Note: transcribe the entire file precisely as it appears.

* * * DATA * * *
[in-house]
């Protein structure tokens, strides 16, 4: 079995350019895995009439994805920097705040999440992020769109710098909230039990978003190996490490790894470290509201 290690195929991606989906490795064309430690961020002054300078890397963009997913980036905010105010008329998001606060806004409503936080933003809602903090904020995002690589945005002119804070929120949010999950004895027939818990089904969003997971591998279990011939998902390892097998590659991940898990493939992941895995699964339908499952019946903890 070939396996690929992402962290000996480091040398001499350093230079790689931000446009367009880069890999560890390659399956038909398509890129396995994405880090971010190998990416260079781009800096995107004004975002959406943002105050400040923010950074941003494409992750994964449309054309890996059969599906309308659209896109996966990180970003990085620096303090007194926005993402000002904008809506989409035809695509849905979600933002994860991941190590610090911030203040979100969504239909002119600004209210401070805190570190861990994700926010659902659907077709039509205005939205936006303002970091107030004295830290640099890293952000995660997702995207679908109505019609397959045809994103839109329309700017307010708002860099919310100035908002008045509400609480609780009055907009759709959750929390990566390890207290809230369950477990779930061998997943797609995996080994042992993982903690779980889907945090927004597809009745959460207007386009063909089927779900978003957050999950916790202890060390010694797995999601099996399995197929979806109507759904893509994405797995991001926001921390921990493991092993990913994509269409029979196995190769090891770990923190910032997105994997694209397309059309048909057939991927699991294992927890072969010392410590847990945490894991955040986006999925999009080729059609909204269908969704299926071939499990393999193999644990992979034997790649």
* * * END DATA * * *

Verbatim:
[in-house]
């Protein structure tokens, strides 16, 4: 079995350019895995009439994805920097705040999440992020769109710098909230039990978003190996490490790894470290509201 290690195929991606989906490795064309430690961020002054300078890397963009997913980036905010105010008329998001606060806004409503936080933003809602903090904020995002690589945005002119804070929120949010999950004895027939818990089904969003997971591998279990011939998902390892097998590659991940898990493939992941895995699964339908499952019946903890 070939396996690929992402962290000996480091040398001499350093230079790689931000446009367009880069890999560890390659399956038909398509890129396995994405880090971010190998990416260079781009800096995107004004975002959406943002105050400040923010950074941003494409992750994964449309054309890996059969599906309308659209896109996966990180970003990085620096303090007194926005993402000002904008809506989409035809695509849905979600933002994860991941190590610090911030203040979100969504239909002119600004209210401070805190570190861990994700926010659902659907077709039509205005939205936006303002970091107030004295830290640099890293952000995660997702995207679908109505019609397959045809994103839109329309700017307010708002860099919310100035908002008045509400609480609780009055907009759709959750929390990566390890207290809230369950477990779930061998997943797609995996080994042992993982903690779980889907945090927004597809009745959460207007386009063909089927779900978003957050999950916790202890060390010694797995999601099996399995197929979806109507759904893509994405797995991001926001921390921990493991092993990913994509269409029979196995190769090891770990923190910032997105994997694209397309059309048909057939991927699991294992927890072969010392410590847990945490894991955040986006999925999009080729059609909204269908969704299926071939499990393999193999644990992979034997790649």